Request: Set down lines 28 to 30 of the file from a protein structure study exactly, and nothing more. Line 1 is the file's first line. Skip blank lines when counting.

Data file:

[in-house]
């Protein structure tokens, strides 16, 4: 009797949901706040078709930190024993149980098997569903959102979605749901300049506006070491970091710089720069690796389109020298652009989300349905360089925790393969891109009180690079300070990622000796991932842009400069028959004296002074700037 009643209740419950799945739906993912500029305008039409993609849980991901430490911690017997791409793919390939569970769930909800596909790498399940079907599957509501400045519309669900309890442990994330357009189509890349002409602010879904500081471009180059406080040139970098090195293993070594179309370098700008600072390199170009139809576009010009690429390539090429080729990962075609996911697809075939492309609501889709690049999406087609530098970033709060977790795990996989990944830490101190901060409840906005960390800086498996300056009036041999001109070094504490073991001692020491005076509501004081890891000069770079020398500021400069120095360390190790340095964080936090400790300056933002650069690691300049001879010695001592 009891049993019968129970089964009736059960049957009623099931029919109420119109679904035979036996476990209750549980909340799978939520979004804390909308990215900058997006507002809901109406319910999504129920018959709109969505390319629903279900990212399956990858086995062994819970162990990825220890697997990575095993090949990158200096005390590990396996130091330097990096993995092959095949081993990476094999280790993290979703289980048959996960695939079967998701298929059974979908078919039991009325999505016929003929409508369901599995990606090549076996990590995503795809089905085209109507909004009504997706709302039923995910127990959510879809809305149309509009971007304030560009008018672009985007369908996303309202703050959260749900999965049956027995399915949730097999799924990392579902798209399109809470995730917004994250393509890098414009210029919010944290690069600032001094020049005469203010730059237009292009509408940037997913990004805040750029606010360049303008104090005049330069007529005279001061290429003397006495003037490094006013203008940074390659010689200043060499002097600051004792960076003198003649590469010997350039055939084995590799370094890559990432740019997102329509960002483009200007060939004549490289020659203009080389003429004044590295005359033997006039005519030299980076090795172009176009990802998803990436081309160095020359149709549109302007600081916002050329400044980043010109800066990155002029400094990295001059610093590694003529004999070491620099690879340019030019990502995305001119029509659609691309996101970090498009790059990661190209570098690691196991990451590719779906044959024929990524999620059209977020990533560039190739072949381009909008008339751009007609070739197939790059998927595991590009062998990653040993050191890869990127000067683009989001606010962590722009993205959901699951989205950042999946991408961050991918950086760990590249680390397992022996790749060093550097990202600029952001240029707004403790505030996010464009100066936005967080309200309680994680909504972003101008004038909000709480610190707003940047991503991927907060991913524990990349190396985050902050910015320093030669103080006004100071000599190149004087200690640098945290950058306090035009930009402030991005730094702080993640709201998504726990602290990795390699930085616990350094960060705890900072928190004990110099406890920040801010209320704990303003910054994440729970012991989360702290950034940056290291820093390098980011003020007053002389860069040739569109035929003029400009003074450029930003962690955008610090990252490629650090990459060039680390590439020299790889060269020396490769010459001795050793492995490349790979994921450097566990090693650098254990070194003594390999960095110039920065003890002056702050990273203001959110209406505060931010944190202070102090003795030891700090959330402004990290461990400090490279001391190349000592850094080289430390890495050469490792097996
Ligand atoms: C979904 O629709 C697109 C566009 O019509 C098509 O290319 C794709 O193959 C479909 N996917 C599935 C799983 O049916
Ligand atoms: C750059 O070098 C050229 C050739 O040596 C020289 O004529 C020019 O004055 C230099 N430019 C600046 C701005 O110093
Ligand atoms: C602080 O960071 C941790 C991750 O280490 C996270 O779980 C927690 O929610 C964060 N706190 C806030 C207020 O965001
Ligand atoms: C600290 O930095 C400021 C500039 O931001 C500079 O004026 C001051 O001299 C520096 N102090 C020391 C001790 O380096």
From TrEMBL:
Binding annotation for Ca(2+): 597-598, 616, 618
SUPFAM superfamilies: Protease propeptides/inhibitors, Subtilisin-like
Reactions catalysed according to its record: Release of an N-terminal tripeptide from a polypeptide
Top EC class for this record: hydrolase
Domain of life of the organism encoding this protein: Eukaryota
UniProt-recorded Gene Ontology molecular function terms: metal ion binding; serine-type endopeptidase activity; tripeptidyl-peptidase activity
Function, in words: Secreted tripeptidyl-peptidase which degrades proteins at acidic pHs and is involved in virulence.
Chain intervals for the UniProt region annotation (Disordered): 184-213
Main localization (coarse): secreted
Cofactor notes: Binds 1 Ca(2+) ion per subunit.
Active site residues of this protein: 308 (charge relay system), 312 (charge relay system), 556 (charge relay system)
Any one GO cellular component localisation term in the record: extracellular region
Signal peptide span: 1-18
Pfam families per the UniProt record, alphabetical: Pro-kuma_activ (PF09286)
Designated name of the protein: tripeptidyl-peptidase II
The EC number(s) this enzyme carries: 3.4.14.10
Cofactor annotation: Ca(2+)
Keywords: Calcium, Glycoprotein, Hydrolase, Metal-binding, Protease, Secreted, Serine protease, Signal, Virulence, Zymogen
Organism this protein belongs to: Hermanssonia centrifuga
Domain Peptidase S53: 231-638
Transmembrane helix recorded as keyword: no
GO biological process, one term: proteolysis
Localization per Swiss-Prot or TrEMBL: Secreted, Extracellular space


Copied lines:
Transmembrane helix recorded as keyword: no
GO biological process, one term: proteolysis
Localization per Swiss-Prot or TrEMBL: Secreted, Extracellular space